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Robert Sullivan
October 29, 1990
Stephen Hendry takes a cue from the game's stars
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October 29, 1990

Snooker's Savvy Supernova

Stephen Hendry takes a cue from the game's stars

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It's a sterling afternoon in Stirling, Scotland, an ancient burgh 30 miles northwest of Edinburgh. The temperature is 75�, and a light breeze is blowing off the Firth of Forth. Kids are kicking a soccer ball by the river. Everyone in Stirling should be outside on this fine day.

But not quite everyone is, it seems.

In Spencer's Snooker Club a single table is in use. A light illuminates one of the huge expanses of green, while 13 tables remain in the dark. Two 21-year-olds are playing snooker on this beautiful Friday afternoon. They've been here since 11, and they won't leave until five.

Look closely at the lanky kid in jeans and a black T-shirt. He's the one with the soft-rock haircut, the one whose stone-dust pallor indicates that he's a daily phantom of this snooker hall. The one who will make more than $2 million this year, doing what he's doing right now. Meet Stephen Hendry, 21, snooker's youngest world champion ever.

But first, meet Hendry's sport. Snooker, which to an American looks like a Brobdingnagian version of pool, was invented in India in 1875 by Neville Chamberlain, a young officer in the British army. He added six colored balls to the 15 red ones used in a game called pyramids. Each color is worth a certain number of points—two for a yellow ball, three for a green, all the way up to seven for a black. The colored balls must be sunk in sequence with the reds: Sink a red, sink a color, sink another red, sink another color. The colored balls are put back on the table until all 15 red balls have been sunk—or "potted"—and then the colored balls must be sunk again in numerical order. In Chamberlain's day, a first-year cadet at the Royal Military Academy was called a "snooker," and so was anyone who lost at the officer's new game.

Snooker was long considered a nocturnal and clubby gambler's game—a game for adults. Then in the early '80s, British TV discovered that a snooker table fit perfectly on a television screen. The sport boomed. According to Ted Lowe, a snooker commentator for the BBC, television "put the world championship equal to, if not above, Wimbledon or the Derby." British school kids suddenly idolized snooker sharps along with the usual run of pop stars and cricket players. Growing up in Edinburgh, Hendry himself followed the exploits of the tempestuous, cue-wielding Irishman Alex Higgins, a two-time world champion, as keenly as he did those of John McEnroe and soccer idol George Best.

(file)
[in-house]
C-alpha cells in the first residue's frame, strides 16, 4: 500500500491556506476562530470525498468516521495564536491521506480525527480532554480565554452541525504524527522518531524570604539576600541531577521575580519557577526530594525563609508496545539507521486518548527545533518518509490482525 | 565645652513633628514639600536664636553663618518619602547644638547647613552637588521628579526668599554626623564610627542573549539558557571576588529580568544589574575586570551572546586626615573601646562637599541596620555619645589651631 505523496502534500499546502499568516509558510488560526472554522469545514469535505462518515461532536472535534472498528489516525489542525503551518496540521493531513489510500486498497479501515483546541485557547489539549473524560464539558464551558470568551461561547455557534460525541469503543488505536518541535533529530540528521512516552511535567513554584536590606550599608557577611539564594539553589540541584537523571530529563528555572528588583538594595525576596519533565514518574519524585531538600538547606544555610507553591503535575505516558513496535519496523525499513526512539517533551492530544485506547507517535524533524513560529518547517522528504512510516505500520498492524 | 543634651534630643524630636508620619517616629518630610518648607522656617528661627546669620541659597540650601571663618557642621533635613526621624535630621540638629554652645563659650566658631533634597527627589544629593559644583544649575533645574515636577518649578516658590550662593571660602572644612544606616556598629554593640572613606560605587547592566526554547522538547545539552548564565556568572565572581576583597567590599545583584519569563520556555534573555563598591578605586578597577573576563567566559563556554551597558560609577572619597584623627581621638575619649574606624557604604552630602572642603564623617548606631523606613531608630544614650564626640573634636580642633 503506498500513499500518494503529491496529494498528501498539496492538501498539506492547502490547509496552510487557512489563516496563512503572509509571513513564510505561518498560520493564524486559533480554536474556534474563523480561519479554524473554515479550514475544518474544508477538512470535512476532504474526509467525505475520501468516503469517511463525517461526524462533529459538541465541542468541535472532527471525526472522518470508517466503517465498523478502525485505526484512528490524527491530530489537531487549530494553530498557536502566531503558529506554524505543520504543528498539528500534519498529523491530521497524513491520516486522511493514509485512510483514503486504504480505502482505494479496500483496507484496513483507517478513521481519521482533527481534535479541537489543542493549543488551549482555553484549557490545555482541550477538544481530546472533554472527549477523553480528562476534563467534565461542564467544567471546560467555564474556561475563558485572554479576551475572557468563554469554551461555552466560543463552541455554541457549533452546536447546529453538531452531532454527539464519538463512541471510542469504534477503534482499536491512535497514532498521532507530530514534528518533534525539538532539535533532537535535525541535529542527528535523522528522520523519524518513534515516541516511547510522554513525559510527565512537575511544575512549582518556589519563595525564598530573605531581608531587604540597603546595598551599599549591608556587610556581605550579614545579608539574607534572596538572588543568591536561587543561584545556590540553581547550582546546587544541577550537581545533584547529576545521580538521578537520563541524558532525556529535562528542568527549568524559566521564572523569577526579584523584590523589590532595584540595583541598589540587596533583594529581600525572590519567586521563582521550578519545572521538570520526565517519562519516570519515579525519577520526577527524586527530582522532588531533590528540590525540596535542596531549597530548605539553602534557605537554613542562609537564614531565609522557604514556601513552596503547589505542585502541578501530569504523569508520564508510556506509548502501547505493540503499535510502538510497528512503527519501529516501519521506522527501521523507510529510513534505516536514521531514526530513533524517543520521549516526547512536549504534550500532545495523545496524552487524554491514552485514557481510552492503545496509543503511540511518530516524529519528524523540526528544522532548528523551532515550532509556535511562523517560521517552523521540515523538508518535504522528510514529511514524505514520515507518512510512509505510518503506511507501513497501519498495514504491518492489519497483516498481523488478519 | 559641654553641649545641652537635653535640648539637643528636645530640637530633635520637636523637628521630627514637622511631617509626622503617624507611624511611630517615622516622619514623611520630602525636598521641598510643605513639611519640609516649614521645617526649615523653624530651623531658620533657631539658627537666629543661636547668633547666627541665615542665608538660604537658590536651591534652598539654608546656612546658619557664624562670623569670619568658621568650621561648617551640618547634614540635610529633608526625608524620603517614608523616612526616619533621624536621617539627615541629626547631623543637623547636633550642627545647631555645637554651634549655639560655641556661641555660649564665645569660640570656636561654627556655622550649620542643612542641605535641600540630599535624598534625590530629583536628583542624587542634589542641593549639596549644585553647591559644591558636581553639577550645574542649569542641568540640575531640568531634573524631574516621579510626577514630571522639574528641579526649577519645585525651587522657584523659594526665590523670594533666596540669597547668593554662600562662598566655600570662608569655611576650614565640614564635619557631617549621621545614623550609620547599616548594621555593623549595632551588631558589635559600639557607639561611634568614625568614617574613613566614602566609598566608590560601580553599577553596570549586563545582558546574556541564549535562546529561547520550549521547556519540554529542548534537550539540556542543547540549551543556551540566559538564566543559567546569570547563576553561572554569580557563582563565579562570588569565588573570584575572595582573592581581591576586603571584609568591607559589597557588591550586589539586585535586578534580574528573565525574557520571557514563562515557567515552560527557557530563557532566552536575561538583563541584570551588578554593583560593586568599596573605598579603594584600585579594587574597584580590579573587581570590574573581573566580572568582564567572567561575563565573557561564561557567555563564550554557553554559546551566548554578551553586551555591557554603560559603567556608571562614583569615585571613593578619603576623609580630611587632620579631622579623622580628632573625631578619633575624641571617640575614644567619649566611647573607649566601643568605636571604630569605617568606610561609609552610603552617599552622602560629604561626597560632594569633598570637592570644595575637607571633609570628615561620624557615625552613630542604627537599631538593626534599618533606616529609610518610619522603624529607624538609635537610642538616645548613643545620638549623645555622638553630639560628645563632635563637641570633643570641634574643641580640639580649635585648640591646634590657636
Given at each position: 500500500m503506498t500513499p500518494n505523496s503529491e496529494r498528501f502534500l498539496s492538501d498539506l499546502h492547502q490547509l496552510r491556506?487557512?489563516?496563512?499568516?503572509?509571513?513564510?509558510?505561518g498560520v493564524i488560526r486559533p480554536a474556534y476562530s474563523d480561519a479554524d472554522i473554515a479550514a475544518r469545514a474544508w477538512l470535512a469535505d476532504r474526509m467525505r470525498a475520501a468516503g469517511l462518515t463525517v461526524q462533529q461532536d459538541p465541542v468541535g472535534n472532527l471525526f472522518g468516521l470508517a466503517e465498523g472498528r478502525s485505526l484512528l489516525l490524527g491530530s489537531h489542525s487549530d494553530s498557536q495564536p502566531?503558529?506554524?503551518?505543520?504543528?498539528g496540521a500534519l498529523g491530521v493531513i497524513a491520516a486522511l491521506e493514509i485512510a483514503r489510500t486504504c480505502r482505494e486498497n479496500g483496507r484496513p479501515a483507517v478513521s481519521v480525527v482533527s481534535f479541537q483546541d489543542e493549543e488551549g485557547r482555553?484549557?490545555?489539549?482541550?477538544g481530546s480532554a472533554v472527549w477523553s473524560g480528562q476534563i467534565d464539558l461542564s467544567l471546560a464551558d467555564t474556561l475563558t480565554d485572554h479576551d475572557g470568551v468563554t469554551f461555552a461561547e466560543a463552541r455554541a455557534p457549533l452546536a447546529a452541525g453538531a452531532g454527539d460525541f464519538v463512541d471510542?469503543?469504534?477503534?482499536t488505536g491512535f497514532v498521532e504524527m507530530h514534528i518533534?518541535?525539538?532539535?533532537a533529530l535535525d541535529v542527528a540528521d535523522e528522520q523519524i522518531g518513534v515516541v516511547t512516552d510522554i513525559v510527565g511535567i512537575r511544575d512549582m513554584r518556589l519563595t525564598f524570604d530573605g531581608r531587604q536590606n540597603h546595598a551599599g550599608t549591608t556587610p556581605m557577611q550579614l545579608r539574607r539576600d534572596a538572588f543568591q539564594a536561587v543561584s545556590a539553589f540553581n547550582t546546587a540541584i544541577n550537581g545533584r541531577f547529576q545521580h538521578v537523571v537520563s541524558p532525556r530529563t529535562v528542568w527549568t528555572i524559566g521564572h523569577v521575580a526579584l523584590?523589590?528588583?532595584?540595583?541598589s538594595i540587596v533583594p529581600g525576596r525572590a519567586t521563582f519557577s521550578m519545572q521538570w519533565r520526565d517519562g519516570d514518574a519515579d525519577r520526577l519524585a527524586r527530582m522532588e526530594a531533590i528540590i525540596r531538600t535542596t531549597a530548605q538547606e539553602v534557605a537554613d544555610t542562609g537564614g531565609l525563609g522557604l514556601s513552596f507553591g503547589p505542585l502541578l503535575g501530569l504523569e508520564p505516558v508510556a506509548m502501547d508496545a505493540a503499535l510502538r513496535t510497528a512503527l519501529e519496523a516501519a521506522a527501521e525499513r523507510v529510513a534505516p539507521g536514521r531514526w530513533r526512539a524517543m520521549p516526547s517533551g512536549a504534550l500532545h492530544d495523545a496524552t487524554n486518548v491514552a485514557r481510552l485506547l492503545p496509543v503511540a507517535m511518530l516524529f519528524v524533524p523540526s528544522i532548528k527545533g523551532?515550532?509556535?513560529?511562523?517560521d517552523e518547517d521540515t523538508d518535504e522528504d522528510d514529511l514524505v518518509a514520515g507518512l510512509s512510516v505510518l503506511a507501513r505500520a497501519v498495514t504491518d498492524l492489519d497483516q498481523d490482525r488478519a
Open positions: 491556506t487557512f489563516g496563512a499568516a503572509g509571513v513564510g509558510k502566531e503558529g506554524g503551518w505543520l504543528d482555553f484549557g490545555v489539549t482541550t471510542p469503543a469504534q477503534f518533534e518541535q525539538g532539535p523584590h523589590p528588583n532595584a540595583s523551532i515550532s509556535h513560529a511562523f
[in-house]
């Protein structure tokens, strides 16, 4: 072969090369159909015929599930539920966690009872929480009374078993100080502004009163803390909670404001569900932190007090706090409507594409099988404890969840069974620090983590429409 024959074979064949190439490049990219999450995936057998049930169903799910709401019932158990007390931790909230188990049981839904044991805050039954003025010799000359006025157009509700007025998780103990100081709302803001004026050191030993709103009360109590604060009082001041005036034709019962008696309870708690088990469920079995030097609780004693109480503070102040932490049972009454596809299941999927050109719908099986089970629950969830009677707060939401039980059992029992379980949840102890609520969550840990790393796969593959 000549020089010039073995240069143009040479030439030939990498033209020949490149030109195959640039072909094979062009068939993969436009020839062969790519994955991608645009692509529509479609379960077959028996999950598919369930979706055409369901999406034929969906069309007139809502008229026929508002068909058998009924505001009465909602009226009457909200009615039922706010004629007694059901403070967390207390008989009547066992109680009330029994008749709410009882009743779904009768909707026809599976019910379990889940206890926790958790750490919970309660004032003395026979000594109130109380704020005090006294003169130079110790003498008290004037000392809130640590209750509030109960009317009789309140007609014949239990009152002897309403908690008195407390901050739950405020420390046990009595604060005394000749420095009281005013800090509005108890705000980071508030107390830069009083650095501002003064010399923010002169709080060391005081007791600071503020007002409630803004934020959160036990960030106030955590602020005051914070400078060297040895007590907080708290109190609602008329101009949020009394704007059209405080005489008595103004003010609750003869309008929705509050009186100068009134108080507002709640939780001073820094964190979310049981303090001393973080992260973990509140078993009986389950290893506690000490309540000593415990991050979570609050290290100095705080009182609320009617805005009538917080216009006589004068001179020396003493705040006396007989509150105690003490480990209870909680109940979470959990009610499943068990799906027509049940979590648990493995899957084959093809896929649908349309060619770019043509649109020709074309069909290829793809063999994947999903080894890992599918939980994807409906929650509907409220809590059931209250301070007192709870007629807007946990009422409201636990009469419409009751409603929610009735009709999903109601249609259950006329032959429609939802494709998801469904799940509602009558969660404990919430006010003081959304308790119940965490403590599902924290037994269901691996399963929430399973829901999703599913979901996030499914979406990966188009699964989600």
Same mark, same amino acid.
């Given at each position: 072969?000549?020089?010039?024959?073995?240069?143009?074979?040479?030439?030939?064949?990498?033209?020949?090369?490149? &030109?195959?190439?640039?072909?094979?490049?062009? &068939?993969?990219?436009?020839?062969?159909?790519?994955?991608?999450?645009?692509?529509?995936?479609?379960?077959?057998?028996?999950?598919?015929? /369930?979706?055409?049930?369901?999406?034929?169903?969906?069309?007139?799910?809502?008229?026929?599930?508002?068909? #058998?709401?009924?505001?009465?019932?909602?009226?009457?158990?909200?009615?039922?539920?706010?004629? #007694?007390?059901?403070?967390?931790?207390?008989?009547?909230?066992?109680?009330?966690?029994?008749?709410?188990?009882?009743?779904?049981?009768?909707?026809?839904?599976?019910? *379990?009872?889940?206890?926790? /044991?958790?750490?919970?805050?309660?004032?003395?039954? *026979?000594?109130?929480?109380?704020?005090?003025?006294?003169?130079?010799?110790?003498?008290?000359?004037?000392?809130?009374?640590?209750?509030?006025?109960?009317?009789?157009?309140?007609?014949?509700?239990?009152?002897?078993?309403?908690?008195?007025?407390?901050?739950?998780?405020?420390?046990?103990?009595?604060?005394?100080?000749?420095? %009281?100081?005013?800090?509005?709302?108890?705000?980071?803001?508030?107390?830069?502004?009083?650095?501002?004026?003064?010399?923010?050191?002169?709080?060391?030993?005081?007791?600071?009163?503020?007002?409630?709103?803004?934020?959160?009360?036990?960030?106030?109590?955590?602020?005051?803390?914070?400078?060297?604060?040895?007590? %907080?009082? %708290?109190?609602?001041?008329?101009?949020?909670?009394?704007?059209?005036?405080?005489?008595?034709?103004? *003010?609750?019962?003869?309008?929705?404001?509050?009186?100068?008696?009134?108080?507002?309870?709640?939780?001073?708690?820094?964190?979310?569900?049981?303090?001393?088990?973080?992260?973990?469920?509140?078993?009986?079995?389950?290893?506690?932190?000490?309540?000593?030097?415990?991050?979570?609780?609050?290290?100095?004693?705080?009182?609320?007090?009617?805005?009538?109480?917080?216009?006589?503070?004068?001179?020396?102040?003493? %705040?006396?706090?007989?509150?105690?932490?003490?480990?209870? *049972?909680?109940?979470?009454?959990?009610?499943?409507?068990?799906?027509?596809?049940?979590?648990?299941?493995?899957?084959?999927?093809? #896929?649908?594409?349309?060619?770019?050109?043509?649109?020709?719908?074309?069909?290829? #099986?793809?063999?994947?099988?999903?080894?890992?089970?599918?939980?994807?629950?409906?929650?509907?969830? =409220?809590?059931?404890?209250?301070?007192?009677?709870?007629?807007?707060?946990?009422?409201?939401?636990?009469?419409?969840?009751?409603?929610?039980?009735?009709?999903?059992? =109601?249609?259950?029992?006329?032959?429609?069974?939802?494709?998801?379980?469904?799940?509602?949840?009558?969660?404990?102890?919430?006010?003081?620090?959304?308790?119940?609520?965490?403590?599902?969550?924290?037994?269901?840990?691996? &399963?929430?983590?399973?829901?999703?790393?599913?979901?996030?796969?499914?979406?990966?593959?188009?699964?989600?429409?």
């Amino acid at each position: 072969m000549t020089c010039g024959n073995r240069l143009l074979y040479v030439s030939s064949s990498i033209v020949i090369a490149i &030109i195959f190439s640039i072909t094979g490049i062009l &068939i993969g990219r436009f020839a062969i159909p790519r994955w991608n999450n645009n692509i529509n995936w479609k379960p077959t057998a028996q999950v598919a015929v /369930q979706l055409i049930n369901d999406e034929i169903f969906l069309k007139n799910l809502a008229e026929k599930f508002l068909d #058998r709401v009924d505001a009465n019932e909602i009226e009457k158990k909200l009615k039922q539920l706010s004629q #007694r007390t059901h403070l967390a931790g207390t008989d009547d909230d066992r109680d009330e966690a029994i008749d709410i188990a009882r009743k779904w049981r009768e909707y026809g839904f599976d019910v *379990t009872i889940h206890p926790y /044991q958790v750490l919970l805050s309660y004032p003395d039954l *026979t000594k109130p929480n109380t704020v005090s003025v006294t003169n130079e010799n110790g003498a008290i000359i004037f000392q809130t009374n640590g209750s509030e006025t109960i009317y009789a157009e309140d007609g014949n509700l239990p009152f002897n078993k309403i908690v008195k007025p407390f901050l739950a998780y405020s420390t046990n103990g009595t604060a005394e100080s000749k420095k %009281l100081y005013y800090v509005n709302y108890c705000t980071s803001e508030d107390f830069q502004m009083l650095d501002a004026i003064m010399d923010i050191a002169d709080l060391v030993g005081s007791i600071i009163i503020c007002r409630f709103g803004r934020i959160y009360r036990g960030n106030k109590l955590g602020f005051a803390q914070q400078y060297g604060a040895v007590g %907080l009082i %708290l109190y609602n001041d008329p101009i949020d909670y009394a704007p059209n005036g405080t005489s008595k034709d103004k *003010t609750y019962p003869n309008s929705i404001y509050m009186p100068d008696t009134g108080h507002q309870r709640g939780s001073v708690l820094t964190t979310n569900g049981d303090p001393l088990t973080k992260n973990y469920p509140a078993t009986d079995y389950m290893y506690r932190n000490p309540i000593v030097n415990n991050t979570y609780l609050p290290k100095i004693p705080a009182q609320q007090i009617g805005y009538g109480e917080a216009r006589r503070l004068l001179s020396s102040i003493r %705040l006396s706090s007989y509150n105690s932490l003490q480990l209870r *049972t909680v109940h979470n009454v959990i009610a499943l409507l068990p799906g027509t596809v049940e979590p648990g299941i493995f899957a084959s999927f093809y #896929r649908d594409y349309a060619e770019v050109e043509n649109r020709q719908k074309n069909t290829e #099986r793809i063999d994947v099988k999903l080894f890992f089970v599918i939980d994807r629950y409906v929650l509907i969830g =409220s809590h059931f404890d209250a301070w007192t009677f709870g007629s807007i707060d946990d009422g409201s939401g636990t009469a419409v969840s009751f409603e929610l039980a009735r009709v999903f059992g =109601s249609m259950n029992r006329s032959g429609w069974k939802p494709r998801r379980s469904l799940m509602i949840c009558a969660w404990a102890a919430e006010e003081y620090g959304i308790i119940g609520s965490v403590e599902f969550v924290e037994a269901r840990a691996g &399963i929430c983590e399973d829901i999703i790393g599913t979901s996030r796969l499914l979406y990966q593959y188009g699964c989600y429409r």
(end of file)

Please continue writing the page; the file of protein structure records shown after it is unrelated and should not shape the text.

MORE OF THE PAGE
When Hendry was 12, his father, Gordon, presented him with a child-sized snooker table as a present. "On Christmas Day my brother and I had a few games with him and beat him easily," remembers Gordon. "We left him to it for an hour or so, and when we played him again he whacked us both. I knew that he was going to be something special."

Stephen didn't take long fulfilling Dad's prophecy. At 13 he made his first century—a 100-point run off the break—and by 14 he was competing in adult tournaments throughout Britain. "I learned everything by watching television," says Hendry, who much preferred TV to, say, studying. "It came very easily, actually. I loved watching Jimmy White [who many say is the greatest player never to have won the world championship]. And, of course, I always respected Steve." Steve was—and is—Steve Davis, who won six world championships, from 1981 through '89.

At 16, Hendry became snooker's youngest professional. He signed with Ian Doyle, an entrepreneur who ran Spencer's and wanted to manage some players as well. According to Doyle, "When I took him on he was a lazy young sod." Doyle laid down the law: feet off the lobby tables, no slamming the cue stick, six hours of practice a day. When Hendry made immediate progress, Doyle took him to Frank Callan, a snooker guru who had helped Davis, among others. "I could do nothing for him," Callan recalls. "Hendry was the first player I had ever seen that I couldn't fault on cue action."

And it wasn't just cue action. It was also an eerie, supercool attitude. Hendry, his stick-banging behind him, had become the Borg of the green baize. He never smiled, never flinched. "For reasons I don't understand, I've always been relaxed at the table," says Hendry. "I put on the tuxedo, and it's like putting on overalls—they're my work clothes. Then I go to work. I'm relaxed. I do my job. I don't think about technique. I just pot the balls."

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